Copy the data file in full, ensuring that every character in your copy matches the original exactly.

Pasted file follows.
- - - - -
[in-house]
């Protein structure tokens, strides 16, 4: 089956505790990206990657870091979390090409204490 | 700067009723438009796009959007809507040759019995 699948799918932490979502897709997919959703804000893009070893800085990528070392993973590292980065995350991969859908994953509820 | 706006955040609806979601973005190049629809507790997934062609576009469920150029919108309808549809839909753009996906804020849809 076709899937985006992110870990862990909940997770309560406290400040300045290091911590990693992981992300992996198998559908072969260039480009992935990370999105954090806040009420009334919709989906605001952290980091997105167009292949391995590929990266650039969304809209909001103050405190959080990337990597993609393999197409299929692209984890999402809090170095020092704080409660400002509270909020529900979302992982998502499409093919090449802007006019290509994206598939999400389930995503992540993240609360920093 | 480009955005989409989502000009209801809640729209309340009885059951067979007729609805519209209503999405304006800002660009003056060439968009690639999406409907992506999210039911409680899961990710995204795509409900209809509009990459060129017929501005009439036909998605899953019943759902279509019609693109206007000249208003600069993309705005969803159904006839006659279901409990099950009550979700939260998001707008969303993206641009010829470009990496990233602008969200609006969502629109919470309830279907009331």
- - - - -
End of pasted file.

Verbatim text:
[in-house]
């Protein structure tokens, strides 16, 4: 089956505790990206990657870091979390090409204490 | 700067009723438009796009959007809507040759019995 699948799918932490979502897709997919959703804000893009070893800085990528070392993973590292980065995350991969859908994953509820 | 706006955040609806979601973005190049629809507790997934062609576009469920150029919108309808549809839909753009996906804020849809 076709899937985006992110870990862990909940997770309560406290400040300045290091911590990693992981992300992996198998559908072969260039480009992935990370999105954090806040009420009334919709989906605001952290980091997105167009292949391995590929990266650039969304809209909001103050405190959080990337990597993609393999197409299929692209984890999402809090170095020092704080409660400002509270909020529900979302992982998502499409093919090449802007006019290509994206598939999400389930995503992540993240609360920093 | 480009955005989409989502000009209801809640729209309340009885059951067979007729609805519209209503999405304006800002660009003056060439968009690639999406409907992506999210039911409680899961990710995204795509409900209809509009990459060129017929501005009439036909998605899953019943759902279509019609693109206007000249208003600069993309705005969803159904006839006659279901409990099950009550979700939260998001707008969303993206641009010829470009990496990233602008969200609006969502629109919470309830279907009331």